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FleshFactor: Re: Something has been bothering me...



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A E C  F O R U M - "F L E S H F A C T O R"
(http://www.aec.at/fleshfactor/arch/)
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It's strange. I'm in Finland at the moment, and basically am using the
same format machine I would normally use if I was in NYC. There's a sense
of displacement, but then again, human beings have always tried to
normalize and codify our relationships to the objects around us. If it
wasn't machines, it would be plants, if it wasn't plants, it'd be
something else. 

The common denominator of all of this is a kind of inscribed alienation
that seems to be prevalent whenever human beings engage in the creative
act of externalizing the thought structures we use to think our crazy
little thoughts.

I'm doing an ISDN session with a group of artists back in NYC, and they
flew from Finland to NYC, while I flew to their city in Finland (Pori). 
It's for the Pori Jazz festival, and it's based on a kind of expansion of
the artistic vocabulary of geographically localized identity (umm, that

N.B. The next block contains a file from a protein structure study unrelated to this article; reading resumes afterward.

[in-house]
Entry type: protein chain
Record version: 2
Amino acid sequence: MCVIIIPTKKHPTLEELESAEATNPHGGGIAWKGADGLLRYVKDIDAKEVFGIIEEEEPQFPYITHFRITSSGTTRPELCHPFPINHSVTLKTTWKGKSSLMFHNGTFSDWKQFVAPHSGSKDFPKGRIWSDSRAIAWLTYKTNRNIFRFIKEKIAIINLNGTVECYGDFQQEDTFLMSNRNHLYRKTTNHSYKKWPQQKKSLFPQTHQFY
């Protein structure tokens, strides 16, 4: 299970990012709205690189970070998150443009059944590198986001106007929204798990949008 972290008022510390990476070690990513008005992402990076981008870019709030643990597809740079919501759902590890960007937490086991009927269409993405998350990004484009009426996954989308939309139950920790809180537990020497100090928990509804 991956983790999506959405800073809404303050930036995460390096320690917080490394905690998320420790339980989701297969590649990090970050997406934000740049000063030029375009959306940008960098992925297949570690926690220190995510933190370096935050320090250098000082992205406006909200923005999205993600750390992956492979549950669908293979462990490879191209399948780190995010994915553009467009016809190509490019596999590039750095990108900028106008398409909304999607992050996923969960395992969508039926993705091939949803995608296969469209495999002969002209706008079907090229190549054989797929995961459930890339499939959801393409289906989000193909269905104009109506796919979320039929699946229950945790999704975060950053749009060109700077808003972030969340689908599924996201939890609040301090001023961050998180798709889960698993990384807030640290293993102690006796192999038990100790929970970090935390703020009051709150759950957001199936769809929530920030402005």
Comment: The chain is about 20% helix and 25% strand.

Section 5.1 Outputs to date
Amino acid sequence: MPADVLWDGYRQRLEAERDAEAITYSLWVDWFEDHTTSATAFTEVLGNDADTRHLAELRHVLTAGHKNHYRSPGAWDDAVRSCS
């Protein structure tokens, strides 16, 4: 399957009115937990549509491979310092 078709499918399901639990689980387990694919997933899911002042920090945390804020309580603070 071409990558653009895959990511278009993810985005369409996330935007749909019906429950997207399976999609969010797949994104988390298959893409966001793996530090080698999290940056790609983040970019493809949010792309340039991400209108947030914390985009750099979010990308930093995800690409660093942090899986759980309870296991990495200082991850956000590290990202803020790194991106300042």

kind of went out the window as we flew to each others' respective
countries) and digital identity (that remained the same, although we have
radically shifted our coordinates in the dramaturgical grid of the
contemporary geopolitical. 

In Aristotle's *Politics*, published a couple of thousand years ago, he
worked out this thing about what separates humans from the tools they use.
One kind of tool was the slave, and the other kind was a kind of inanimate
object that he just put in a category for use by all to ''free the noble
man'' from the activities of normal production so that he could devote his
time to more noble pursuits like thinking... 

All of this is kind of humorous in light of the new kinds of fictions that
have highlighted a similar condition of the ''living machine'' -
everything from Bladerunner to the latest toys coming out of Otaku (hyper
consumer) generation Japan, to cyberpunk writer Rudy Rucker's Wetware
series, points to a similiar zone:  when we begin to assign human behavior
to the machines that hold our work-world together, a kind of bad faith
(right in the Sartrean tradition, mauvais fois) occurs. The question with
all of this is is this fun though? If it's boring, then maybe we need to
reconfigure our perceptual platforms until they can deal with the new
difference, or get ourselves together to build machines that better
reflect this kind of psychological disjunction.  Metropolis, anyone? 


Paul D. Miller, a.k.a. Dj Spooky that Subliminal Kid

<anansi@interport.net>



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